Still more audacious is director Drew Fracher’s attempt to marry this well-mannered comedy — one whose dialogue is dominated by matters of birth, rank and parental authority, and whose plot hinges on a bride’s alleged promiscuity before her wedding day — with the acid-tinged, free-love vibe of a hippie commune.
The wrongheaded concept, flawed further by anachronistic gaffes in the soundtrack and the actors’ wardrobes (pick a year like 1968 and you’d better get it right), distracts us from what would otherwise be a smart, enjoyable play about two different couples finding happiness via circuitous routes.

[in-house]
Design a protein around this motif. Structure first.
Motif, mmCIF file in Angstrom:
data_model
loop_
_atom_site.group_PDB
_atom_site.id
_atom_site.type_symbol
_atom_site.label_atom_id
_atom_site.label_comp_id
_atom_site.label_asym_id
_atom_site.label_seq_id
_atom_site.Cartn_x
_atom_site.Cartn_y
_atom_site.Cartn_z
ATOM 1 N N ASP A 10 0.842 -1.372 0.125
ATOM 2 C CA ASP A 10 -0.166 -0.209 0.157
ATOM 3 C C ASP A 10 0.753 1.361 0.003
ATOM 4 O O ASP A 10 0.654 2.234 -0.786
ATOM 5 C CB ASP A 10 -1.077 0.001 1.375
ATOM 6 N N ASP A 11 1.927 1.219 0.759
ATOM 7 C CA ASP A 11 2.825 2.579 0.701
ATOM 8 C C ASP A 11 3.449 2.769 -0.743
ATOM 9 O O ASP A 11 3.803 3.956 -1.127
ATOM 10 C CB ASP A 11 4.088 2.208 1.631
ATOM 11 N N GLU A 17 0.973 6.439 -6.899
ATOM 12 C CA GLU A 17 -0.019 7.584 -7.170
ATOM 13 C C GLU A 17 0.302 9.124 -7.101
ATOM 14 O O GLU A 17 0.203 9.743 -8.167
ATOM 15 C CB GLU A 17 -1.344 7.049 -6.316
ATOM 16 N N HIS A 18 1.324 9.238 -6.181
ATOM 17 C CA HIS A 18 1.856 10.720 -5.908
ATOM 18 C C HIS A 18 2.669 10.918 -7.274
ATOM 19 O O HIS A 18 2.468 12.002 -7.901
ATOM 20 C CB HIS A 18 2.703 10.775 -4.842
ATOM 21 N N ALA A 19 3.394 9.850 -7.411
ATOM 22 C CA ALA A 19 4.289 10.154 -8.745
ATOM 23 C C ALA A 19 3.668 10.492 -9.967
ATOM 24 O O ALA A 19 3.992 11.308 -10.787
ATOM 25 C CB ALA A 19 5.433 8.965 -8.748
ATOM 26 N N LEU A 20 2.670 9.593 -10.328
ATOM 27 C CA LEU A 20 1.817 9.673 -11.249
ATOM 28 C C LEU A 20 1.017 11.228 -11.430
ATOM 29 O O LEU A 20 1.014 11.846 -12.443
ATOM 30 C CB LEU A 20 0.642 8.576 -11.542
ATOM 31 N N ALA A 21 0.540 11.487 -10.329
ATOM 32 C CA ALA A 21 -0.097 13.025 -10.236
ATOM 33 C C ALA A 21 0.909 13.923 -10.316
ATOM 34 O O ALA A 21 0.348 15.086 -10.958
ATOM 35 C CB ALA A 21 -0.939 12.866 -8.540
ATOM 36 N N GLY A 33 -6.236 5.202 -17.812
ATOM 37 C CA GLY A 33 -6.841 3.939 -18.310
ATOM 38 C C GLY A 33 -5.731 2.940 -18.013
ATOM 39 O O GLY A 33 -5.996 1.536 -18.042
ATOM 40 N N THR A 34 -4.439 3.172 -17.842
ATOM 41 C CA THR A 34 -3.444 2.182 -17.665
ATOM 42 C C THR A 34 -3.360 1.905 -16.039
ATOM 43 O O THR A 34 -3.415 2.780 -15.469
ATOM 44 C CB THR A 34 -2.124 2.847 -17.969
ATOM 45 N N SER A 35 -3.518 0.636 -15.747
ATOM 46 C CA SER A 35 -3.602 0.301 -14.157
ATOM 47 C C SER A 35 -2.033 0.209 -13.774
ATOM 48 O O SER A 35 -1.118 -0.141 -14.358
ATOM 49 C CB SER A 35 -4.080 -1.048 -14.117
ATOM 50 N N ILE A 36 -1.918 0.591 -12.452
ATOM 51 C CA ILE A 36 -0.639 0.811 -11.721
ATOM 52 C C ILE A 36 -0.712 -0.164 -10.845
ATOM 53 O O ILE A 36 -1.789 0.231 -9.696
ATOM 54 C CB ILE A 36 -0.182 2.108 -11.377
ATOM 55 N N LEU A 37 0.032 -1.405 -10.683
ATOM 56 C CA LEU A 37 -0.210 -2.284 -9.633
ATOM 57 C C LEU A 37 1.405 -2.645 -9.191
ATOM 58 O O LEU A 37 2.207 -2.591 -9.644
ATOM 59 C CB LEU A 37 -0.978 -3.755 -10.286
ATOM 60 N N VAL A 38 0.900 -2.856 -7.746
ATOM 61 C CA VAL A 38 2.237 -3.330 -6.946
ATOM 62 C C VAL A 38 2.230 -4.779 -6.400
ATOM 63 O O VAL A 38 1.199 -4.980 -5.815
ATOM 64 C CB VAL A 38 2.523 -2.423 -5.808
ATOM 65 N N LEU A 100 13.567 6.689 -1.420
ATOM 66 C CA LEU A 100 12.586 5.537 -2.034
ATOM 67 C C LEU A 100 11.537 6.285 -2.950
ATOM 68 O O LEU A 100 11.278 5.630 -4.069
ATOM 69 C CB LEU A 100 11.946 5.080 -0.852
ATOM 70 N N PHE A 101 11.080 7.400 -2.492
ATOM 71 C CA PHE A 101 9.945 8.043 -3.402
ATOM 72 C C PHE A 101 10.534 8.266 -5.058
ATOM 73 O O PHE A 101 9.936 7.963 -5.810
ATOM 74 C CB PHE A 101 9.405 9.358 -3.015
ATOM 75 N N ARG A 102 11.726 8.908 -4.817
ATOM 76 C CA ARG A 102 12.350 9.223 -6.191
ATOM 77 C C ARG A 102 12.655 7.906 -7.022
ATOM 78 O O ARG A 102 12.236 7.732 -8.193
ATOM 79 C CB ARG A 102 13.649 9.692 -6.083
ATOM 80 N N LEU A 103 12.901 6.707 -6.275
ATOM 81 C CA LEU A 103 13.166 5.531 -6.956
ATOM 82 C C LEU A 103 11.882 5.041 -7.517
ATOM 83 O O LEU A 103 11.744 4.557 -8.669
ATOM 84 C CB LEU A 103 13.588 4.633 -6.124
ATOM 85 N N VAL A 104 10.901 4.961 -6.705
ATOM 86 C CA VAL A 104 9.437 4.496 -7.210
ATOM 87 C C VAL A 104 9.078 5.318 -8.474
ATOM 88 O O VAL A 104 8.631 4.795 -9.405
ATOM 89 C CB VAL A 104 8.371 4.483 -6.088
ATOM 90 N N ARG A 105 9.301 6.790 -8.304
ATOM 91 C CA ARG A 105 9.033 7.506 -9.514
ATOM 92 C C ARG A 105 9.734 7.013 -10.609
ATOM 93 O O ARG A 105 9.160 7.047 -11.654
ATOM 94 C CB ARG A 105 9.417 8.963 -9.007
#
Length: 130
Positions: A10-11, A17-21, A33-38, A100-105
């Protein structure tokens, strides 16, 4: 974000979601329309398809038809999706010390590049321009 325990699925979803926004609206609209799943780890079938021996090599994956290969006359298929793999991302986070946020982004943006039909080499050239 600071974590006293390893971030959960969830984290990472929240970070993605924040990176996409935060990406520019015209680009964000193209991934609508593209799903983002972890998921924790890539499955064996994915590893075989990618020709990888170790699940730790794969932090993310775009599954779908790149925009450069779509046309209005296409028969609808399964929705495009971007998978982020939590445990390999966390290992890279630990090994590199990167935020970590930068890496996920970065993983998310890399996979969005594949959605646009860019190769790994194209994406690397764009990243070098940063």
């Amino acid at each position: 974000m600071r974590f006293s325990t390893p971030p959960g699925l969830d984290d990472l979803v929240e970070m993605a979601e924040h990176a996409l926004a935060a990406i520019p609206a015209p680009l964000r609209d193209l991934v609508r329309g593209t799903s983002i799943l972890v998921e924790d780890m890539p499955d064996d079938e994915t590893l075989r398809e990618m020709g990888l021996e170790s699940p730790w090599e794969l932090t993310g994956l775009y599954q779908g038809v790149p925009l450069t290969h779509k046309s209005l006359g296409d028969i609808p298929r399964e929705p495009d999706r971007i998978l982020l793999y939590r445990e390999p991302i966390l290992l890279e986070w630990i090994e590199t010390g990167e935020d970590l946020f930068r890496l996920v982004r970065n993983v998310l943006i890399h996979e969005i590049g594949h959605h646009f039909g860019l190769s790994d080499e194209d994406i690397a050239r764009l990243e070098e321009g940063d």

The youngsters, Claudio and Hero (Ian Bond and Sara Clark), are threatened by a conspiracy that calls the girl’s virginity into question. Needless to say, everything works out in the end — no thanks to the local authorities, especially Andy Gaukel’s hilariously inept Dogberry.
Much Ado isn’t one of Shakespeare’s greatest hits, but it works, as proven by a winsome 1993 film adaptation by Kenneth Branagh and by other live productions. The script, vaguely set in an Italianate province after the peaceful resolution of a civil uprising, suits any number of periods and places — except, perhaps, the one courted here. Matthew Lewis Johnson’s groovy set and an inspired party scene, with echoes of Laugh-In, certainly have us rooting for this relationship. But sometimes love isn’t all you need.
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